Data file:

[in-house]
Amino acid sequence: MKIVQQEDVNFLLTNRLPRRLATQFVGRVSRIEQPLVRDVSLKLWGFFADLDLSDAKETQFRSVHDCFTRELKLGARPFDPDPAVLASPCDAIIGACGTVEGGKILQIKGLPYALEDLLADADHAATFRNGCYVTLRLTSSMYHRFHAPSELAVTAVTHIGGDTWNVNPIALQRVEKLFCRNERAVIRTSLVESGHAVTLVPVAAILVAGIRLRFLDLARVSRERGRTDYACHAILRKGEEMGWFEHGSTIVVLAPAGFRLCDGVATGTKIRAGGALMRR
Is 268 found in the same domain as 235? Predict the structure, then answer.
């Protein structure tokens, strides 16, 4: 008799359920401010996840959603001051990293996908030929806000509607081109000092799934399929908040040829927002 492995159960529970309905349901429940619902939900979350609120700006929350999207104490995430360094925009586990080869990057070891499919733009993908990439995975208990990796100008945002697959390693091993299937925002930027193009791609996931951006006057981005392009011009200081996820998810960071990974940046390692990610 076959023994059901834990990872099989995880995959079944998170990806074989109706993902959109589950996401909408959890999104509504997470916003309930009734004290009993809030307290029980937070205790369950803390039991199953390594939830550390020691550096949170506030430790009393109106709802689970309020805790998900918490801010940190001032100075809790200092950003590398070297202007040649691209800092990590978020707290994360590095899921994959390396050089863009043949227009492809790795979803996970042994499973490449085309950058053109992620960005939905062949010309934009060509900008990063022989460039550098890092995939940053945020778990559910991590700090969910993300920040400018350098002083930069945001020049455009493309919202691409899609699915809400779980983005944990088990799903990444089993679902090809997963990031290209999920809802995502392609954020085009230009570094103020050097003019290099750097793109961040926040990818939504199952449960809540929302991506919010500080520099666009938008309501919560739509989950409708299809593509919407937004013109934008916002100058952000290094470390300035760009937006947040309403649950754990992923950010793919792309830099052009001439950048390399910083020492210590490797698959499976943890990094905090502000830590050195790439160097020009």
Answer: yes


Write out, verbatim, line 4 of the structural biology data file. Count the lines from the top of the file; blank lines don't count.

């Protein structure tokens, strides 16, 4: 008799359920401010996840959603001051990293996908030929806000509607081109000092799934399929908040040829927002 492995159960529970309905349901429940619902939900979350609120700006929350999207104490995430360094925009586990080869990057070891499919733009993908990439995975208990990796100008945002697959390693091993299937925002930027193009791609996931951006006057981005392009011009200081996820998810960071990974940046390692990610 076959023994059901834990990872099989995880995959079944998170990806074989109706993902959109589950996401909408959890999104509504997470916003309930009734004290009993809030307290029980937070205790369950803390039991199953390594939830550390020691550096949170506030430790009393109106709802689970309020805790998900918490801010940190001032100075809790200092950003590398070297202007040649691209800092990590978020707290994360590095899921994959390396050089863009043949227009492809790795979803996970042994499973490449085309950058053109992620960005939905062949010309934009060509900008990063022989460039550098890092995939940053945020778990559910991590700090969910993300920040400018350098002083930069945001020049455009493309919202691409899609699915809400779980983005944990088990799903990444089993679902090809997963990031290209999920809802995502392609954020085009230009570094103020050097003019290099750097793109961040926040990818939504199952449960809540929302991506919010500080520099666009938008309501919560739509989950409708299809593509919407937004013109934008916002100058952000290094470390300035760009937006947040309403649950754990992923950010793919792309830099052009001439950048390399910083020492210590490797698959499976943890990094905090502000830590050195790439160097020009």